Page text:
Friday, 25 January 2013
Films: Hanna (2011), and The Hunger Games (2012)
Two films with a common element: the heroines are teenage girls who are compelled to fight for their lives in extreme circumstances. By a strange coincidence, the opening sequences of both films also have the heroines hunting deer with bows and arrows. However, at that point the plot similarities come to an end.
Hanna is set in more or less the present day. We first see the eponymous 15-year-old heroine (played by Saoirse Ronan) living with her father Erik Heller (Eric Bana) in an isolated log cabin in a remote near-Arctic forest wilderness. We soon learn two things about her: this life is all she has known, and she is being trained by her father (who we later learn used to be an important C.I.A. operative) to be a lethal fighter for some specific purpose. All of her learning comes from an encyclopedia; she has never met anyone else, seen electric power, or heard music. Inevitably, she becomes old enough to decide that she wants to go out into the world, so Heller gives her a radio signalling device to draw attention to their location, while he makes his separate way to civilisation. The signaller sounds an alarm in the C.I.A., alerting senior officer Marissa Wiegler (Cate Blanchett), who realises it comes from Heller and immediately sends an armed team to the log cabin. The rest of the film follows Hanna, Heller, and Weigler until they inevitably come together in a brutal finale, gradually revealing the true nature of their relationships and why Hanna is such a uniquely effective fighter. And in case you were wondering, there is an SF element which emerges towards the end.
This is a surprisingly adult film, not the cartoon-type kick-ass juvenile I was half expecting. The drama is relieved by some rather surreal characters and occasional humour as the unworldly heroine is introduced to modern technology and human behaviour. Well-acted and intriguing, if rather grim.
The Hunger Games is based on the novel of the same name (which I haven't read) by Suzanne Collins, who also co-authored the screenplay. It has a very different setting, in a future country called Panem in which a modern civil war had resulted in each of the twelve rebellious Regions having to send one boy and one girl teenager to participate in the annual Hunger Game. This is no sporting contest, however; it is a fight to the death, which only one can survive to win fame and fortune.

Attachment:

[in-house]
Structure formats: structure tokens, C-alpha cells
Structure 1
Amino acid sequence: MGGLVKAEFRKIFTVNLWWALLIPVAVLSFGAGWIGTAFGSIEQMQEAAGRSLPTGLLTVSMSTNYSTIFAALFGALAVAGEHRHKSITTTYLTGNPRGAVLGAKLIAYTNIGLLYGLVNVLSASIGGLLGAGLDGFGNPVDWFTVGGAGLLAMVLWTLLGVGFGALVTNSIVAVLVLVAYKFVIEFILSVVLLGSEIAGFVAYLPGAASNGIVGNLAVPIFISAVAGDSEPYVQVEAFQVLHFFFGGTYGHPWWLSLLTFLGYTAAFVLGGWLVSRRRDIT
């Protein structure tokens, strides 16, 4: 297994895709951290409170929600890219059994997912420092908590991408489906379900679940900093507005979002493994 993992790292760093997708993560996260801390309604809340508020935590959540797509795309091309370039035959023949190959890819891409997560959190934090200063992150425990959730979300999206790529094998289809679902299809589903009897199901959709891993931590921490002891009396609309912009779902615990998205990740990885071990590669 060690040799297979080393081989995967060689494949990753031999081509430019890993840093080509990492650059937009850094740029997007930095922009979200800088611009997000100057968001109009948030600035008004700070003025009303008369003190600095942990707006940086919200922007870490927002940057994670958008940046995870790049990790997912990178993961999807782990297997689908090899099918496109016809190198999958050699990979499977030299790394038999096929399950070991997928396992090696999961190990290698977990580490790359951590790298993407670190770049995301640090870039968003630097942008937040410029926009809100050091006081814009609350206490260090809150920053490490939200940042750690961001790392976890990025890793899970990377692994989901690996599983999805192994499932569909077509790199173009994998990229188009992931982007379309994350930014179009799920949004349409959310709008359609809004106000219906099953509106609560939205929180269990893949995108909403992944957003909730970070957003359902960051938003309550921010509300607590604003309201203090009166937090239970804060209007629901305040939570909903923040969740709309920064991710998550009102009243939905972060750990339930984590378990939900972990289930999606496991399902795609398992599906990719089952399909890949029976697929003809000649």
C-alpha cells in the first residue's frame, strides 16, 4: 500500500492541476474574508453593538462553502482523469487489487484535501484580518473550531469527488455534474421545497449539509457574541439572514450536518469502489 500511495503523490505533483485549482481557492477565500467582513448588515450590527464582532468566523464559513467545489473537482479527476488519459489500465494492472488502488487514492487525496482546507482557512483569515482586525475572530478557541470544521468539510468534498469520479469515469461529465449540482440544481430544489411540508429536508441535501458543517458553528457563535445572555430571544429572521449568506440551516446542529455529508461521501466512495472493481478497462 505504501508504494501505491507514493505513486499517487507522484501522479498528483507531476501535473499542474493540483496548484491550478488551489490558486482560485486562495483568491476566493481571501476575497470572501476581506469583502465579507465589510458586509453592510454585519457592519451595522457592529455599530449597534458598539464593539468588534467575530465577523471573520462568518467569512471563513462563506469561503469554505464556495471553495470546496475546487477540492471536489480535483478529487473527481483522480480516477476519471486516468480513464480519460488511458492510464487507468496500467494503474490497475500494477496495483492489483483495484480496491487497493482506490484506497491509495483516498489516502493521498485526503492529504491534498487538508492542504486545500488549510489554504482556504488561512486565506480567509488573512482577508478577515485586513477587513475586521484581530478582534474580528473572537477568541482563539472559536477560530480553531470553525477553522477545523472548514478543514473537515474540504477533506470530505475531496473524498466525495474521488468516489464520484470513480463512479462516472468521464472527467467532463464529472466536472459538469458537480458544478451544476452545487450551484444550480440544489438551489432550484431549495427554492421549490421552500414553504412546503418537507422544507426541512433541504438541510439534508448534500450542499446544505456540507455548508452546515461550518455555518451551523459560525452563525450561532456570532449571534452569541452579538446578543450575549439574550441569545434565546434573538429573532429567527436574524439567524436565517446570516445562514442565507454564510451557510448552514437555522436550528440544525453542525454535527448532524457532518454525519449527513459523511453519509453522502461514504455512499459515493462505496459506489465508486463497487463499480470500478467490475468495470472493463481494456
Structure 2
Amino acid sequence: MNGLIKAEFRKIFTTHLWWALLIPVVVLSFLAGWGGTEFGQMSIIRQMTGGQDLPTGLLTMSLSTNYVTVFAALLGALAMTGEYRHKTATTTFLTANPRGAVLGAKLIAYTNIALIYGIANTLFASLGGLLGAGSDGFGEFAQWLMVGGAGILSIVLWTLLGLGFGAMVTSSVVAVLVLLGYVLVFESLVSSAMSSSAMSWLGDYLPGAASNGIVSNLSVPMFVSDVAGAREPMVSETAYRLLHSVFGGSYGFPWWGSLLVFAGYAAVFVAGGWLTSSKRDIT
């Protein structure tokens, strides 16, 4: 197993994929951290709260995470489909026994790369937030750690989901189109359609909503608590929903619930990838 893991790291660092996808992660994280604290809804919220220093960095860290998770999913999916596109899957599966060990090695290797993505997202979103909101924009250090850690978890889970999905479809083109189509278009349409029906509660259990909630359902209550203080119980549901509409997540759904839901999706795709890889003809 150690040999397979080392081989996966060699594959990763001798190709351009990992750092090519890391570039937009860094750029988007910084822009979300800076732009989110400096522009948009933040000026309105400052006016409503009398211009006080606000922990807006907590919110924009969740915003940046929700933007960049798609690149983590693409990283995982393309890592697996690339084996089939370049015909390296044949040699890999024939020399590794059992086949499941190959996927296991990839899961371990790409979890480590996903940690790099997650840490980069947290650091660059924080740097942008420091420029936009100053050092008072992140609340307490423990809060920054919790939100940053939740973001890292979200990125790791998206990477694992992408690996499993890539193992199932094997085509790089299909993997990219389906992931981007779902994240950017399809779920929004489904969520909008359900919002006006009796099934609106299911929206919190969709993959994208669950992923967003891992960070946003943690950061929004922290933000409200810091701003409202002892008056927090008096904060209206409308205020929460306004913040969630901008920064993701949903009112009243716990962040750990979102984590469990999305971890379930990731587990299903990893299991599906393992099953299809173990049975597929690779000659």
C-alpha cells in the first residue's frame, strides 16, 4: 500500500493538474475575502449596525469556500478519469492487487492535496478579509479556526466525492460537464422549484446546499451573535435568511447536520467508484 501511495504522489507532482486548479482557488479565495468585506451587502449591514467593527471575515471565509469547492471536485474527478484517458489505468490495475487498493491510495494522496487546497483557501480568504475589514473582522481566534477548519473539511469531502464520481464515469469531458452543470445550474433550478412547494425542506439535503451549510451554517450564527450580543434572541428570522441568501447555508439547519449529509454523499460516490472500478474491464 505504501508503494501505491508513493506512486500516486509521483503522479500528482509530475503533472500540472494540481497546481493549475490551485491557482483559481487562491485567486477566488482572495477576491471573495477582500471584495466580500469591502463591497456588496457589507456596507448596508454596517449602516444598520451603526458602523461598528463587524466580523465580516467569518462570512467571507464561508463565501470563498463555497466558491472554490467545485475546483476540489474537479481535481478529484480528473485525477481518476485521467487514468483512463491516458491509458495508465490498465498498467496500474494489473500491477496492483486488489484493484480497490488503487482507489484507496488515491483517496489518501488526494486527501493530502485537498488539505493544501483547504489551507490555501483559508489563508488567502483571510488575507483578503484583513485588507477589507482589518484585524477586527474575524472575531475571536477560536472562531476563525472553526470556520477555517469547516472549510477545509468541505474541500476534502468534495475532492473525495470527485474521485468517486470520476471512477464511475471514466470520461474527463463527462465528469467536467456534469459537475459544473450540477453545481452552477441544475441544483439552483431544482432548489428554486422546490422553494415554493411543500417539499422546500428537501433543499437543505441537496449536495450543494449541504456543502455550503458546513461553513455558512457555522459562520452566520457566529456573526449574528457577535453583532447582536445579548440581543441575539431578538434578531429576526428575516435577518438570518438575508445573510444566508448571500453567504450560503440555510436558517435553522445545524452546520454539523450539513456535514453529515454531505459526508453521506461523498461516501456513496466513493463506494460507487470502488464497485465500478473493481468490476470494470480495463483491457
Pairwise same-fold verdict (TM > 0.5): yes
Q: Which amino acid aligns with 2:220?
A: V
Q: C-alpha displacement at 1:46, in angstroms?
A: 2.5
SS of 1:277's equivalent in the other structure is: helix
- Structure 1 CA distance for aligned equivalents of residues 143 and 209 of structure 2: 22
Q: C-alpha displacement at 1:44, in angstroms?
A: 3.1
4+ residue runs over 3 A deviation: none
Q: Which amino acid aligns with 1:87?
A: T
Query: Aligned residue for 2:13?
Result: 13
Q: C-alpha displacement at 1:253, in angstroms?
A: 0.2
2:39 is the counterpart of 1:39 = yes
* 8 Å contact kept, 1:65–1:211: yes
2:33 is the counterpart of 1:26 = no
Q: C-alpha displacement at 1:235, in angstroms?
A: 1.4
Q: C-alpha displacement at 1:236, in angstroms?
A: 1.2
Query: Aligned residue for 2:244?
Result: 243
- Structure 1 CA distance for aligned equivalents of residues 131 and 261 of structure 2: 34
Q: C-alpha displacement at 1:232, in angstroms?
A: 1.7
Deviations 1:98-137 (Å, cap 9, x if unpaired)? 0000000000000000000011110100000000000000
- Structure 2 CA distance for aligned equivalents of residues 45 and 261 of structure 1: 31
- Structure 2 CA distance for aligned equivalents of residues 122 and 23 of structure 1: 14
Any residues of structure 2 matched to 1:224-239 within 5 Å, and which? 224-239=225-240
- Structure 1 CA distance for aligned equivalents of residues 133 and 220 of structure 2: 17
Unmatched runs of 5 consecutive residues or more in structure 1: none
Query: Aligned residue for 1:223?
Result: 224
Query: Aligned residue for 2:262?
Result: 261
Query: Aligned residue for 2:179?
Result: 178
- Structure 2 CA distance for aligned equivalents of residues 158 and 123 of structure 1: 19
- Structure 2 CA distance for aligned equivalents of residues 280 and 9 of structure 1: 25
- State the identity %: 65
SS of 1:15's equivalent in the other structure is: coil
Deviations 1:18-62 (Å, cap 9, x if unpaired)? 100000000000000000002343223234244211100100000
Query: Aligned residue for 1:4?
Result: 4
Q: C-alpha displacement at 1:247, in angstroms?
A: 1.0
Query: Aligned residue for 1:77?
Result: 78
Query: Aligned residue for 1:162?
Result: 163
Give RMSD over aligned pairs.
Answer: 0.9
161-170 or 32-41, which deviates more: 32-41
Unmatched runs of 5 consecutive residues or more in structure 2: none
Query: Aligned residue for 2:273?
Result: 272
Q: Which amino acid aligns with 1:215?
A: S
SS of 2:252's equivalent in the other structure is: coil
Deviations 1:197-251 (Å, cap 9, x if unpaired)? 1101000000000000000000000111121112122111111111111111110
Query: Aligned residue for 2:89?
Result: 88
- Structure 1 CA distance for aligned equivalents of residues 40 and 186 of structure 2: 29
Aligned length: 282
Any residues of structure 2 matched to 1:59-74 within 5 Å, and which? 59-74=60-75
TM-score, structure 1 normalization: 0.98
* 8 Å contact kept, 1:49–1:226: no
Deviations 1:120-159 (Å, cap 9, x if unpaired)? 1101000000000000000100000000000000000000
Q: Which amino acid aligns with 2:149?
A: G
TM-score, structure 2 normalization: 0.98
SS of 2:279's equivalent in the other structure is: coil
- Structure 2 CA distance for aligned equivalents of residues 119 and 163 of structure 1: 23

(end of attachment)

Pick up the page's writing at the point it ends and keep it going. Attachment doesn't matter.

THG is a film of two halves: the first half is concerned with the build-up to the Game, the second with the Game itself. We start in the poverty-stricken Region 12 by getting to know Katniss Everdeen (Jennifer Lawrence), a capable archer and hunter, who becomes one of the tributes (participants) in the Game. The scenes of her life are contrasted with those in the high-tech Capitol where preparations are being made for the forthcoming Game under the direction of the Gamemaker, Seneca Crane (Wes Bentley). The build-up to the event is very good, the tension steadily building as the tributes are prepared for the Game, including rather bizarre public relations events to drum up sponsors for each tribute - support which could make the difference between life and death. By the time the Game actually begins, the tension is at a maximum. The arena is an area of forest in which the two dozen tributes form shifting alliances, cooperating with and killing each other depending on the circumstances, while the Gamemaker keeps adjusting the rules in order to keep the audience entertained.
This is an exciting film, the first half leaving me on the edge of my seat. Ironically I found that the tension dissipated to some extent once the Game began, when it settled into being a more routine combat tale. A couple of issues concerning the principal character nagged at me. First, it is never explained why she obtains the highest all-round combat score in the pre-games tests, beating boys who have trained for the Games for years, when she seems very passive and placid, and we only see her use a bow. Secondly, the actress doesn't really look the part: her family is supposed to be very poor and in one flashback scene we see her starving and being thrown a burnt loaf of bread, yet she always looks very well-fed. I think a lean and hungry actress with a lot of pent-up aggression would have been better suited for the role.
These two films are very different in style, but both are well worth watching. If I had to pick one to see again, it would be the quirky, offbeat Hanna rather than the humourless THG, because I liked the contrast between the strange premise and the current, ordinary world in which it takes place.